Doctor Michael Engelberg is an oncologist of 40 years, based at Cedars-Sinai medical center in Los Angeles, California.
Aurora: Let’s say I’ve just been diagnosed with cancer, or another terminal illness. What should my first steps be?
Dr. Engelberg: I think what people do in that situation is gather a support team from their family and closest friends, to let their loved ones know what’s happening and that they’re going to be needing support. Particularly women come into appointments with a sister or good friends, who will never let them be alone with all this. I have a few patients who are show business women who have a community from networking and bring those friends with them to chemo so they’re not alone. I think it’s really crucial for a new cancer patient to have support from friends and family.
Recently, I was seeing a Korean patient who had five children — two daughters in St. Louis, a daughter in L.A., a son in New York, and a son in Seoul. There were always at least two of them with their father when he was in my office.
As a new patient, you won’t necessarily go through all the bullsh*t Kubler-Ross stages… but there is some truth in it. People with a terminal condition have a tendency to at first deny that they are dying, and accept it at a later stage. But it’s not my place to tell people what they should do. It’s never OK to hear something like that.
Aurora: Is it important to get a second opinion, as far as treatment is concerned?
Dr. Engelberg: No. If for a particular patient it’s necessary for his or her peace of mind, then get a second opinion. But almost always you will hear the same thing from anther doctor.
Aurora: Have there been any recent developments in cancer research?
Dr. Engelberg: There is always incremental progress. Last week, there was a meeting of the American Society of Clinical Oncologists (ASCO) in Chicago, and two important papers were presented; one about a new chemotherapy for melanoma that is dramatically better than anything we’ve had up until now, and one about new treatments for breast cancer that are dramatically better than anything we’ve had up until now. For high-risk women (such as those who have already had breast cancer, are obese, etc.), taking a drug called an aromatase inhibitor will put them at a much lower risk for this condition.
Aurora: Describe one or two of your most inspiring patients or experiences as an oncologist.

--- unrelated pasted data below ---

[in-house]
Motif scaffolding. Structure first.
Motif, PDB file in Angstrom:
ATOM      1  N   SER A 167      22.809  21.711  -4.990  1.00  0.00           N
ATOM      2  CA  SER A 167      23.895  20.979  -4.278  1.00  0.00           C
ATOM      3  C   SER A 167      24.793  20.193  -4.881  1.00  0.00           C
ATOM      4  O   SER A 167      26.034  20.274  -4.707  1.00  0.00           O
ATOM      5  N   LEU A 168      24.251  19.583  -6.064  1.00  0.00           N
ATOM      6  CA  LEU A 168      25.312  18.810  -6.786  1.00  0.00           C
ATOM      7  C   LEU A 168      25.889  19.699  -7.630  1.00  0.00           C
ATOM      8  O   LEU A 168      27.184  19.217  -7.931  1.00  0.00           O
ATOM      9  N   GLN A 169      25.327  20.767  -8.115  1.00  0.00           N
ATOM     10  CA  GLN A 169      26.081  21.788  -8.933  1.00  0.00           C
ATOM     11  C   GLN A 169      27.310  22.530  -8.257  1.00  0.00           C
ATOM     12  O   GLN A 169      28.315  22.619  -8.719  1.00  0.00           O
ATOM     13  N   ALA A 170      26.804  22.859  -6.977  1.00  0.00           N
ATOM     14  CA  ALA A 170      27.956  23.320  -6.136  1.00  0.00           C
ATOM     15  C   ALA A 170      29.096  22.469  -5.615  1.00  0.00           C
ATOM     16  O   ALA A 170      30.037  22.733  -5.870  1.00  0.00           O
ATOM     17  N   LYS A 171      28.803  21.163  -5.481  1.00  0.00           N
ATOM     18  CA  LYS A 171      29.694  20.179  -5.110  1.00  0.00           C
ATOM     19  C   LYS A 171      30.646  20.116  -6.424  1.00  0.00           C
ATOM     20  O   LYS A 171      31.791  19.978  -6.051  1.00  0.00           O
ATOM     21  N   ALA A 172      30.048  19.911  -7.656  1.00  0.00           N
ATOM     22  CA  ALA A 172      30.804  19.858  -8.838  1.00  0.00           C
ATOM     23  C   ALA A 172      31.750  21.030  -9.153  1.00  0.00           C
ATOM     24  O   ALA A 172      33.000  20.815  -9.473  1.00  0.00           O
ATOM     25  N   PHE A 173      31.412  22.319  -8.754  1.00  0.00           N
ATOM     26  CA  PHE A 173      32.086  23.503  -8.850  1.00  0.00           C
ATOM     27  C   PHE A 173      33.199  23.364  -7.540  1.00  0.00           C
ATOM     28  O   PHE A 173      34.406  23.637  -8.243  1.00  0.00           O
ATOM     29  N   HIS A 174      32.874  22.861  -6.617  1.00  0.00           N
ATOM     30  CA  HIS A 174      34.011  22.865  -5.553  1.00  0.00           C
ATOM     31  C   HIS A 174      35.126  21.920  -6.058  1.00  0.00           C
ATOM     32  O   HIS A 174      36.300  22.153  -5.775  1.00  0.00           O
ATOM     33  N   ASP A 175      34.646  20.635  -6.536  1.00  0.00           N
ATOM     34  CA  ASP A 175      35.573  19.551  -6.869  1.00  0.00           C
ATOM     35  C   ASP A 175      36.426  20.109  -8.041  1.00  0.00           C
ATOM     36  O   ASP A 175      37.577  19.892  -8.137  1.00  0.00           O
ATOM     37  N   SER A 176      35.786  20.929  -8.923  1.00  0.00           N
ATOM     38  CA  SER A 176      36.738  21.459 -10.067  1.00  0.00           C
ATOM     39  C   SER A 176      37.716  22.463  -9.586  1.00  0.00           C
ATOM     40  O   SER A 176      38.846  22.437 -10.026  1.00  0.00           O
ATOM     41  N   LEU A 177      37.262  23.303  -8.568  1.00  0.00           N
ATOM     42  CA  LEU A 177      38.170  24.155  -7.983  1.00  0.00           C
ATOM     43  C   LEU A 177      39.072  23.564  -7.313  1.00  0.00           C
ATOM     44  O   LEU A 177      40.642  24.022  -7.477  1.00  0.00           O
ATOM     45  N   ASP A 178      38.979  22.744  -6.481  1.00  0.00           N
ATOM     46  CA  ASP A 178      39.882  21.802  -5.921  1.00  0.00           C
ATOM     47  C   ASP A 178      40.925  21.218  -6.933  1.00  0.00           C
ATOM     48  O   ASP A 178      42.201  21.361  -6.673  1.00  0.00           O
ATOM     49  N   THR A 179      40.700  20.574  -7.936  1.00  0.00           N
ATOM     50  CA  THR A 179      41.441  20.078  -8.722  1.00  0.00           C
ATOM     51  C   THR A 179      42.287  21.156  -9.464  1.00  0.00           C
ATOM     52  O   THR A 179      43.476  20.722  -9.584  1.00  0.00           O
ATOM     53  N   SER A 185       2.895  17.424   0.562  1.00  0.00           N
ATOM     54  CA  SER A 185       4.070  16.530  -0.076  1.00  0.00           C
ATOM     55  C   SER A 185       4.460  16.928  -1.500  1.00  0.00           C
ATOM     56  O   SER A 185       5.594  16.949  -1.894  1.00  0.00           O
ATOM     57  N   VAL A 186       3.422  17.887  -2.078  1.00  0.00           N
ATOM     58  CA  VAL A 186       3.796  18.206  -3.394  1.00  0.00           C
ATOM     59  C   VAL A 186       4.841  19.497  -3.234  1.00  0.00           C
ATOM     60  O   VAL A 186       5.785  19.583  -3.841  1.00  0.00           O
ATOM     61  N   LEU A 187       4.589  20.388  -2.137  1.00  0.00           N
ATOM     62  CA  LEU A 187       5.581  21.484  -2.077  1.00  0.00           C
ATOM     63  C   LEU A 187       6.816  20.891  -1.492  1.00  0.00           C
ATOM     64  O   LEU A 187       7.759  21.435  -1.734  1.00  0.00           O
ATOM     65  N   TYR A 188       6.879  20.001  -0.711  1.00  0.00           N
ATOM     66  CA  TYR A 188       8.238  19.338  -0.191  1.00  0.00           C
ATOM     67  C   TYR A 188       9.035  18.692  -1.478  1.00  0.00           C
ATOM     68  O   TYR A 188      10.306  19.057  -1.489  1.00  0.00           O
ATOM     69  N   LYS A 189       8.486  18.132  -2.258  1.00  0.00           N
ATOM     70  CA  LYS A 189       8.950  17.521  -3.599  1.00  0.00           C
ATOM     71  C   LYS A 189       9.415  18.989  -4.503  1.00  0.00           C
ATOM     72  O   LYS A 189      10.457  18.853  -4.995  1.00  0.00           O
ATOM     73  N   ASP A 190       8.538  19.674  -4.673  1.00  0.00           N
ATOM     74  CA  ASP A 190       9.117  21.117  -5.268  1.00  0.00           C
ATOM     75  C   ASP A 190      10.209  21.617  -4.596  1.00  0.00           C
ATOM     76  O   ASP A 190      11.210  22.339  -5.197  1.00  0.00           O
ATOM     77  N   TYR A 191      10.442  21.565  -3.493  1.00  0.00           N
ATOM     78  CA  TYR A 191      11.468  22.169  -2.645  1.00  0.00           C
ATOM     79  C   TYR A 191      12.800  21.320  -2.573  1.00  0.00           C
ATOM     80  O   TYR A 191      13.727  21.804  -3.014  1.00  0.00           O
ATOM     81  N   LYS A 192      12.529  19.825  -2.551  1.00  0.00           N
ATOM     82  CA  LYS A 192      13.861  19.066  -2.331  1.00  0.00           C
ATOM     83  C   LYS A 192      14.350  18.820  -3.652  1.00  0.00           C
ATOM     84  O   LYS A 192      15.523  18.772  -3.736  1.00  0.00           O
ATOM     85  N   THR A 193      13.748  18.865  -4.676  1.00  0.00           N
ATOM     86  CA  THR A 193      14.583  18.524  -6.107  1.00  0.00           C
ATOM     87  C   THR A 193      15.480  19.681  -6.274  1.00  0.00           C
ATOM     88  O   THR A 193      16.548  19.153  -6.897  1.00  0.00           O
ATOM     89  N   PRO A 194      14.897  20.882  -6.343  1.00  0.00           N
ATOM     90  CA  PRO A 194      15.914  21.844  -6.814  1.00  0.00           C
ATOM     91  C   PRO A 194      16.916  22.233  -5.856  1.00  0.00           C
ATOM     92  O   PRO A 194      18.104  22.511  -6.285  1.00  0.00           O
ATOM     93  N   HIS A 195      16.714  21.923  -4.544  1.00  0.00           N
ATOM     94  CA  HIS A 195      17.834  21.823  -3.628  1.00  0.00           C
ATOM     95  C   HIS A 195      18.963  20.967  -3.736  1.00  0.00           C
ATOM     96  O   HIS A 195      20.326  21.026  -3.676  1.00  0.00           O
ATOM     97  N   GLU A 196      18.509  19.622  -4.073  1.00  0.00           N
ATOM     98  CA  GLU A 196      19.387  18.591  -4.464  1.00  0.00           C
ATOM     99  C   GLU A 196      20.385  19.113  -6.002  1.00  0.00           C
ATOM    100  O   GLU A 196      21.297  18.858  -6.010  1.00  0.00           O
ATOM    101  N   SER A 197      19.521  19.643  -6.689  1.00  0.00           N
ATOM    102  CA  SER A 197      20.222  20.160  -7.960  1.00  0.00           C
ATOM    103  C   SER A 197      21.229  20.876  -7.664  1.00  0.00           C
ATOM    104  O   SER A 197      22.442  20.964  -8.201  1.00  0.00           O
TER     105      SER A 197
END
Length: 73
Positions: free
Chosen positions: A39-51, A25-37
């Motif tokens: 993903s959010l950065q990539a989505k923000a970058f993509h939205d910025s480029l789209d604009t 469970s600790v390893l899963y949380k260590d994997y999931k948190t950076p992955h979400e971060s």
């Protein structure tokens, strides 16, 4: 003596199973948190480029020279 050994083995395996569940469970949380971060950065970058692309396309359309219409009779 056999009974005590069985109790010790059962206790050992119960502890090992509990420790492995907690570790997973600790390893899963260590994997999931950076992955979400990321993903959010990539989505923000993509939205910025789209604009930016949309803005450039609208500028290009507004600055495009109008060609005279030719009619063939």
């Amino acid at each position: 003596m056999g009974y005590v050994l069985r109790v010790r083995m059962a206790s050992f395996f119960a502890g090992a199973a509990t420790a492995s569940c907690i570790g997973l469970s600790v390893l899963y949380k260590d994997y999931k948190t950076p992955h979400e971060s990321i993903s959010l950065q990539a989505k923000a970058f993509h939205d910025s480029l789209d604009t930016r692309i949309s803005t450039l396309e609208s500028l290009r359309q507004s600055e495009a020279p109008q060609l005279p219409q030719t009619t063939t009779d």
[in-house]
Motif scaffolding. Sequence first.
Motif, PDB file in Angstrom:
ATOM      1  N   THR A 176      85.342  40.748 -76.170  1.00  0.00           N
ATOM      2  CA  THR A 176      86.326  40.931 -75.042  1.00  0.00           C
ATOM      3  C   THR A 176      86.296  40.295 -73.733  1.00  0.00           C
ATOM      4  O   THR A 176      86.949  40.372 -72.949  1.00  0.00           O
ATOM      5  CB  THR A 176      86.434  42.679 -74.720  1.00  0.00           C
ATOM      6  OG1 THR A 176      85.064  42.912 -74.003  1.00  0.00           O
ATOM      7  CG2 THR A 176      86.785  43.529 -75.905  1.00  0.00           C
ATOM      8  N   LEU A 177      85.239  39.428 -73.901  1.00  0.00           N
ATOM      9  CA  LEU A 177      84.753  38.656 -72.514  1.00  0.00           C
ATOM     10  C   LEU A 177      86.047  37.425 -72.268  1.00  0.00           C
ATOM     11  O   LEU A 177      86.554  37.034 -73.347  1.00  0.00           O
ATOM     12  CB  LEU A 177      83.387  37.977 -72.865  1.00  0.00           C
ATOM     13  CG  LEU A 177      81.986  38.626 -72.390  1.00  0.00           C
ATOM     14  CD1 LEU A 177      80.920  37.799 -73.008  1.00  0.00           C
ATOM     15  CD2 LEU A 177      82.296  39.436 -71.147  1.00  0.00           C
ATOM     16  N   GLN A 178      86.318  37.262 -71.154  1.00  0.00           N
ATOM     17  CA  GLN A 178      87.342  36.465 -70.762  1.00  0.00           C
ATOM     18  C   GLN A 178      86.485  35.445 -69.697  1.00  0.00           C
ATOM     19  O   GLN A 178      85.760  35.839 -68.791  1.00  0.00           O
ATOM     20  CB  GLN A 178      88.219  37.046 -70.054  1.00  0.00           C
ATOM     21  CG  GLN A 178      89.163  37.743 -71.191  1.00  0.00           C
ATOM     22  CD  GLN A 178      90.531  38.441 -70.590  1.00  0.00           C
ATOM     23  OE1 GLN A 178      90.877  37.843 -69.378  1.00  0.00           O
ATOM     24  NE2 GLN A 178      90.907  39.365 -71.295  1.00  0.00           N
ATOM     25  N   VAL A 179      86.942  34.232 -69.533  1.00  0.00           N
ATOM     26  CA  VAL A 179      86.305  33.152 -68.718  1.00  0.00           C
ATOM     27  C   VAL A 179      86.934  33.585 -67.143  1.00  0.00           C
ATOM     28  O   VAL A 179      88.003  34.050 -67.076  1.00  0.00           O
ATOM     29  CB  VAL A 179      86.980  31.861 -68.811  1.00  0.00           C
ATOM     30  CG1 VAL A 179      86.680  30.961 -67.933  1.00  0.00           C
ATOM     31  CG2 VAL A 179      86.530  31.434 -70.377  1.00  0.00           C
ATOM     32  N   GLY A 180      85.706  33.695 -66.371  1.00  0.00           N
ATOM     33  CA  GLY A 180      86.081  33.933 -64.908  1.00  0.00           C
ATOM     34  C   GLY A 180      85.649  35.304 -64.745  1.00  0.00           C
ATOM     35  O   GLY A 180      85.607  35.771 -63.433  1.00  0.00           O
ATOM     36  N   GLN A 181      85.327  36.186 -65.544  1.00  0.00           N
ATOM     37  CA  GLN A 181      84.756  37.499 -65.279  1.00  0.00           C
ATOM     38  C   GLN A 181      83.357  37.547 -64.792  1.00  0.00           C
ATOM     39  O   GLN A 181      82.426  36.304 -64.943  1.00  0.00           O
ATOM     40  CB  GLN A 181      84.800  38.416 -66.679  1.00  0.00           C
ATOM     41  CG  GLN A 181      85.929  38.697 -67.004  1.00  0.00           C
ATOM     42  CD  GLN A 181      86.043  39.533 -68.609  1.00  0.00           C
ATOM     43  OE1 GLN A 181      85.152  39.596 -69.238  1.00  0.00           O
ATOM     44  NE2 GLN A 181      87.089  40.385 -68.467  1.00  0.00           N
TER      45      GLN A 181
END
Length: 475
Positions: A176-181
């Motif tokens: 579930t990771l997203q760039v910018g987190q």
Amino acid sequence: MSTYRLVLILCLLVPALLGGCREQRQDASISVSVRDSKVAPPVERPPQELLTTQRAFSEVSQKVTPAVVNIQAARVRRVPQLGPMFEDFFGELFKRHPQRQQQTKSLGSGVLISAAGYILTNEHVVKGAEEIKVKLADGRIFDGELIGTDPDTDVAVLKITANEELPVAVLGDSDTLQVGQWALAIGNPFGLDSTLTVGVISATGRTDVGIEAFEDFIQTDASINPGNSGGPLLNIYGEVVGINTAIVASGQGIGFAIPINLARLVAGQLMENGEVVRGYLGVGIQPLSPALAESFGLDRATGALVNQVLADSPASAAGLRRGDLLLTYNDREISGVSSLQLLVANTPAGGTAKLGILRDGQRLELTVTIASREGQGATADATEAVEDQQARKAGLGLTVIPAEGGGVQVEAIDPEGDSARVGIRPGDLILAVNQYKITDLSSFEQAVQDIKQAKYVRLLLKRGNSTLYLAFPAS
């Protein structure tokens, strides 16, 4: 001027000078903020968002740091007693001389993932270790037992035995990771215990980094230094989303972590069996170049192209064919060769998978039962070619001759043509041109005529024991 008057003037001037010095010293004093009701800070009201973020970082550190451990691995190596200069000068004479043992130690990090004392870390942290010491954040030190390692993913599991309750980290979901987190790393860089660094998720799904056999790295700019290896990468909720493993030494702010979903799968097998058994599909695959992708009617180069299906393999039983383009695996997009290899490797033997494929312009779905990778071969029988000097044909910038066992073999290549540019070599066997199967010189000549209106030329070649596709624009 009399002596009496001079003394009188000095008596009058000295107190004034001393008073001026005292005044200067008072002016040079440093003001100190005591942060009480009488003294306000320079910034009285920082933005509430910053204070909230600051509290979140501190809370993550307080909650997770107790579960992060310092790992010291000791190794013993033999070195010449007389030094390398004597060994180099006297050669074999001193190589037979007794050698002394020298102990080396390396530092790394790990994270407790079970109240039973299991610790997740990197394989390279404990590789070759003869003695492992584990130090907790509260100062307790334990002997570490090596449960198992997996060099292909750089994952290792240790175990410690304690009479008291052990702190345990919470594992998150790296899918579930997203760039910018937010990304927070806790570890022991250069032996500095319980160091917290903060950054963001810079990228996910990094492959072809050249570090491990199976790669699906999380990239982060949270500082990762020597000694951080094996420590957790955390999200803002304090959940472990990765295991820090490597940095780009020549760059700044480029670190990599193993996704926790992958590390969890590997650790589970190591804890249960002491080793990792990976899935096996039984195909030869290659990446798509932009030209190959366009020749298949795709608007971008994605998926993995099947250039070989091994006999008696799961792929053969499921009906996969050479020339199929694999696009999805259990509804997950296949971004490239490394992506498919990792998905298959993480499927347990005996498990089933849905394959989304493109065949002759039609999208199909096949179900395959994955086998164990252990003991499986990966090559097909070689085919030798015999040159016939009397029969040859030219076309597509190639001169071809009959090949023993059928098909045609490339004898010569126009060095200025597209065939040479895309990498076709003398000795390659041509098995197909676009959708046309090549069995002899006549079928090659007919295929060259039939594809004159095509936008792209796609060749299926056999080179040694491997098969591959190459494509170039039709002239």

Dr. Engelberg: For me, the most gratifying experiences are the rare patients I actually cure. There are also patients who I put into remission for a number of years, who get a lot more life because of my treatment.
But for most patients, I make it easier for them to die and for their families to have them die. That is the most important role of an oncologist, I think. It’s not often acknowledged but it’s true. There’s an old expression: “nobody gets out of life alive.” My goal is to make dying OK.
Oftentimes, dying brings families together and that is inspiring to watch. For instance, the Korean family I mentioned. This man came to the U.S. to be a professor of ancient languages, married a Japanese-American woman, and had three daughters in St. Louis. Later on, they split up and he moved back to Korea, where he re-married to a Korean woman and had two sons in Seoul. So his two sets of children didn’t really know each other until his cancer brought them together as a family. I went to the funeral dinner and it was very touching. Because of his death, all of his children now have each other.
Aurora: What is your idea of a good death?
Dr. Engelberg: A good death is to die at 137 of what I call Red Sanders syndrome. Red Sanders was a famous football coach at UCLA and a very moral, extremely upright Christian man who died in bed with a hooker.
Aurora: *Ahem* …Seriously, you think that’s a good death?
Dr. Engelberg: Yes!
Aurora: OK, fine. What about for someone with cancer?
Dr. Engelberg: You should die at home, where you are much more comfortable and less frightened. There should be hospice nurses present, as well as loved ones. You should be on a morphine drip, with someone running it that isn’t afraid to keep you completely comfortable. You should drift away in a haze of narcotics.
After the patient dies, at least I get to say, “your loved one is not suffering anymore.”